Nina mentions reaching down (or over) to another set of islands for the Caribbean-influenced “Mary’s Boy Child.” But the truth is that the song was written by composer, arranger, and choral conductor Jester Hairston who in his time was considered the leading authority on African-American spirituals and choral music. The song was not originally Christmas-themed. A friend asked Hairston to compose a song for a birthday party where the guests would be natives of the West Indies. So Hairston composed a song – “He Pone and Chocolate Tea” – for the occasion in the style that he hoped the guests would find familiar. It would not be until years later that Hairston was commissioned to write a holiday song for Walter Schumann’s Hollywood Choir, and Hairston recycled the calypso-themed tune and rhythm for “Mary’s Boy Child.” It is an interesting ethnographic point that many believe the song to be composed by a native of the West Indies when, in fact, it was composed by a native of Belews Creek, North Carolina. And it makes one wonder whether or not – with appropriate study and practice – a native of New York City, Philadelphia, Los Angeles, or even Tokyo could perform Hawaiian music so convincingly that most would believe it was recorded by a native Hawaiian.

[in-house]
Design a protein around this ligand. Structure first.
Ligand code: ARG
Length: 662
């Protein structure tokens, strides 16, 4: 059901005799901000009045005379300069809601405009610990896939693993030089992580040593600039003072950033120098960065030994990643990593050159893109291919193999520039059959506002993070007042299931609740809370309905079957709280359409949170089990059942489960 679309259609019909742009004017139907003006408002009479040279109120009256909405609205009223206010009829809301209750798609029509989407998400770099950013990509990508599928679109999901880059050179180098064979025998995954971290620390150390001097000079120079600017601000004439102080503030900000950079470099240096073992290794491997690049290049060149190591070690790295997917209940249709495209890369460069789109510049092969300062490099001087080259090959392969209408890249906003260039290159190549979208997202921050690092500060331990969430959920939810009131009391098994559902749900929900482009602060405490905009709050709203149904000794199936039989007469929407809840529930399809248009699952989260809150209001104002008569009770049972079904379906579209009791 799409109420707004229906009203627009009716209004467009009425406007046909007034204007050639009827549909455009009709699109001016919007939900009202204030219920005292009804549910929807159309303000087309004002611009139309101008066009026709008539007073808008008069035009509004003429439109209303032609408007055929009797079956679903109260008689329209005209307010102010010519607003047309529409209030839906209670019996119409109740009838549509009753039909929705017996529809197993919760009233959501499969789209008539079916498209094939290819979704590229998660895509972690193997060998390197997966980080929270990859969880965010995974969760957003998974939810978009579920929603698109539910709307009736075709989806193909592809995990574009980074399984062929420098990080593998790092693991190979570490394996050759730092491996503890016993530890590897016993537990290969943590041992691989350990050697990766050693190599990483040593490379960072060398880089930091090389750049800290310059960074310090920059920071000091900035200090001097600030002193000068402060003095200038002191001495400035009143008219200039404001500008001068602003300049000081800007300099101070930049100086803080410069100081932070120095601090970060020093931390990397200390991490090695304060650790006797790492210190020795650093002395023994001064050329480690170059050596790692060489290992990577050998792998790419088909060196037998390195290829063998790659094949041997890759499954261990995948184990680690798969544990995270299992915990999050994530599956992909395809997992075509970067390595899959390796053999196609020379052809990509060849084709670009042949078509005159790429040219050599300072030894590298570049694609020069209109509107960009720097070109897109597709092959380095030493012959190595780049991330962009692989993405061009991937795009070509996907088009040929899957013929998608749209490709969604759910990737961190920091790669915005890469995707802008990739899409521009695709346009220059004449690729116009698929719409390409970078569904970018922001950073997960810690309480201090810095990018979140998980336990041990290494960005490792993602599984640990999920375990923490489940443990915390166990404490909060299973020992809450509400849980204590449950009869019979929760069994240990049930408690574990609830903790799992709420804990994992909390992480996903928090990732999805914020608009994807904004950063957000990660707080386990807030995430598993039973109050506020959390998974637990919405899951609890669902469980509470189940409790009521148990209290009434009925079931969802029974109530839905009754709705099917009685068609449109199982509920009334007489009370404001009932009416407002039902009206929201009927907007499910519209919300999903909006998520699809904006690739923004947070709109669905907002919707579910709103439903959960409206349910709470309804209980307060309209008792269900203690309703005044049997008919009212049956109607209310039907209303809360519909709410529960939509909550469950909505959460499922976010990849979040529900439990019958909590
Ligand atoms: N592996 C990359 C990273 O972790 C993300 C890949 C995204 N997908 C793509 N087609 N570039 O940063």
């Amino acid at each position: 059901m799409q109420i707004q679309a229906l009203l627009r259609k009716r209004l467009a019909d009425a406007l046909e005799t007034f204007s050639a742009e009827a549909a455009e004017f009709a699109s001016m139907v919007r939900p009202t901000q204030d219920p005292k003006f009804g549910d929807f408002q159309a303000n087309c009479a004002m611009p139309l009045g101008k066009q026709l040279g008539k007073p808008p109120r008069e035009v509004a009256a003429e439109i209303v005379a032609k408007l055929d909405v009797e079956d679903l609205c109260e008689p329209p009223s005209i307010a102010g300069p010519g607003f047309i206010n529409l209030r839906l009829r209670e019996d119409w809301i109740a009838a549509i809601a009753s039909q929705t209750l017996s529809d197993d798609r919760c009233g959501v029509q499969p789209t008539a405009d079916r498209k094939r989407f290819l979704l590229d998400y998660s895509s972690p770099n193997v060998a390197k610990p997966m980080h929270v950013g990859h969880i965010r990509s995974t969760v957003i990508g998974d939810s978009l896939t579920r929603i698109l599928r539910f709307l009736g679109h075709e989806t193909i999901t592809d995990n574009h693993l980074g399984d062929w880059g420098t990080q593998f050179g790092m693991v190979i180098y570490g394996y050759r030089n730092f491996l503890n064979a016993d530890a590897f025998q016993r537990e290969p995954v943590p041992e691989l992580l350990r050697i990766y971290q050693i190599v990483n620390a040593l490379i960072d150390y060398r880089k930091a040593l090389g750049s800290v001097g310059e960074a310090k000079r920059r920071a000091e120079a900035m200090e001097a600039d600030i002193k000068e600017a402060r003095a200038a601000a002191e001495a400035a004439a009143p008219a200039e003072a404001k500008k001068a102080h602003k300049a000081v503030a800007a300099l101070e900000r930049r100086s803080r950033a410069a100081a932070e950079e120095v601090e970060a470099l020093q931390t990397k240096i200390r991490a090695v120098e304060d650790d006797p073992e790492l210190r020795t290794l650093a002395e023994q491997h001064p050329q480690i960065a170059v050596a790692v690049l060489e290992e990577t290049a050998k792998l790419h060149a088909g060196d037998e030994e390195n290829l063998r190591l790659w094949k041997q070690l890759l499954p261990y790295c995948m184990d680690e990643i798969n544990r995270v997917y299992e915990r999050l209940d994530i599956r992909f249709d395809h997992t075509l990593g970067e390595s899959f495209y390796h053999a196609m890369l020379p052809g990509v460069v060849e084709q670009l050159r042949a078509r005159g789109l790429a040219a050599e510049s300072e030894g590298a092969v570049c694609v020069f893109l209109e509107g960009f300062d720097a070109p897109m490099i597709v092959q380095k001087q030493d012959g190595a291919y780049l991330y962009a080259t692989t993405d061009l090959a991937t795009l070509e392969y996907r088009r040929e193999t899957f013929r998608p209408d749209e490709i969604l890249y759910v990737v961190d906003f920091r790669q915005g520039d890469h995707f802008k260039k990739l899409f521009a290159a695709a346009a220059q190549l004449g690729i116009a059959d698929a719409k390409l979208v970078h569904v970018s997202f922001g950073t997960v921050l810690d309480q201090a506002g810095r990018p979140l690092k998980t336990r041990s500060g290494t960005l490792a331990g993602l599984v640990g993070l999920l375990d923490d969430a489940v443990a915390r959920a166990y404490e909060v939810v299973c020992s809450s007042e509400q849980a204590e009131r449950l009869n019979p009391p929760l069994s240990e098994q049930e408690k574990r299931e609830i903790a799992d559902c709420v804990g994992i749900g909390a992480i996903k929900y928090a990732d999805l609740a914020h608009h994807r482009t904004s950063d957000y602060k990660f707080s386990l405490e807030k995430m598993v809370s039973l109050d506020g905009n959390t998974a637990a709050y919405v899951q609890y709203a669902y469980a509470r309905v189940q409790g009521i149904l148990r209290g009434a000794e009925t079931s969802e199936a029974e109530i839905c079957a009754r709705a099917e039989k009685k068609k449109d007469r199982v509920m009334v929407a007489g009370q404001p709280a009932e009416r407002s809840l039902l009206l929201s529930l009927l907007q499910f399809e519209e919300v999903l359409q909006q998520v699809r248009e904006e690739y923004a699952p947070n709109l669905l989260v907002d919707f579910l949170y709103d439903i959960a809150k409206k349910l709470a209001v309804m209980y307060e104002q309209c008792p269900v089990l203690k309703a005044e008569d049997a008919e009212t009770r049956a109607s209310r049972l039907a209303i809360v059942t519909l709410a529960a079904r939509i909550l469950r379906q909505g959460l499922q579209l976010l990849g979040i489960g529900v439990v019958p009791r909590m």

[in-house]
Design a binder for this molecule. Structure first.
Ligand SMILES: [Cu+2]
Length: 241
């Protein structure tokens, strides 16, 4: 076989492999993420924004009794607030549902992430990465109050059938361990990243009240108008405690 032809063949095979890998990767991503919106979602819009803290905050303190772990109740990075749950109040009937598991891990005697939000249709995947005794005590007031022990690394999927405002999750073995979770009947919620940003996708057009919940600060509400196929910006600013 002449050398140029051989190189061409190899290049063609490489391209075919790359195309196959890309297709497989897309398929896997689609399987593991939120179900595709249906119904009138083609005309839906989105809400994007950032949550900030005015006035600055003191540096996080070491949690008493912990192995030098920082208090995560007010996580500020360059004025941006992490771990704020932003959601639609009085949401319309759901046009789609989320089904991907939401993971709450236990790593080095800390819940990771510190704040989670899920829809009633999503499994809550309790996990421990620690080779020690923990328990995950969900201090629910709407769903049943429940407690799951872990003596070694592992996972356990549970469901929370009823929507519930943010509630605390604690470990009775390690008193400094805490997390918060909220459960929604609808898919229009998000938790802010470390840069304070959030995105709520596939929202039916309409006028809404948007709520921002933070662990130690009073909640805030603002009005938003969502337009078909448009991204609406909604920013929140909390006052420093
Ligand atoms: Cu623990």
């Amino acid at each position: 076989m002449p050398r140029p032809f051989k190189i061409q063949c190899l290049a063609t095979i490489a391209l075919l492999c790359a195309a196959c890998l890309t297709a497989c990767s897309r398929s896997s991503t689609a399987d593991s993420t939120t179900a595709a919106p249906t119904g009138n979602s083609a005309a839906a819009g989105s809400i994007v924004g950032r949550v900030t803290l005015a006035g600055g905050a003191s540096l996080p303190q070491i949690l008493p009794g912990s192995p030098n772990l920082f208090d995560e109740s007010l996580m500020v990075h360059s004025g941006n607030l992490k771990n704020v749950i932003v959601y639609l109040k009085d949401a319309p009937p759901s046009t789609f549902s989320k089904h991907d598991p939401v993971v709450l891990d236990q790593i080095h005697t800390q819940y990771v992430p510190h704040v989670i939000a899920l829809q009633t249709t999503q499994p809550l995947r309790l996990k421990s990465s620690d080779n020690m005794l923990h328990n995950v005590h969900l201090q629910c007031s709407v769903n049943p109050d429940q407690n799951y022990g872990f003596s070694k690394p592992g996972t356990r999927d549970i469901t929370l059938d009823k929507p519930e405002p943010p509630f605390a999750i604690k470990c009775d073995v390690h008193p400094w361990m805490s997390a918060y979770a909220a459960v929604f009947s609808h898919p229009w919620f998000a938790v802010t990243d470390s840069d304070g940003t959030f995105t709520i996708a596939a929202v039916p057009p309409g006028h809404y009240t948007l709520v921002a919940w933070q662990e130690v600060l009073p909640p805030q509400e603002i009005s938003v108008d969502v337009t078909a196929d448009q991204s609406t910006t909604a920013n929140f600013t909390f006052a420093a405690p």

By the way, despite his songwriting and arranging background, Jester Hairston would best be remembered as Henry Van Porter on Amos ‘N Andy. 

So if you were truly interested in hearing a Nina Keali`iwahamana Christmas album end-to-end, you might purchase the six songs she led from Mele Kalikimaka – A Hawaiian Christmas Party and marry these to the four selections she led on the Hawaii Calls release A Merry Hawaiian Christmas. Those ten songs would make an amazing playlist for your iPhone, iPad, or other music listening system.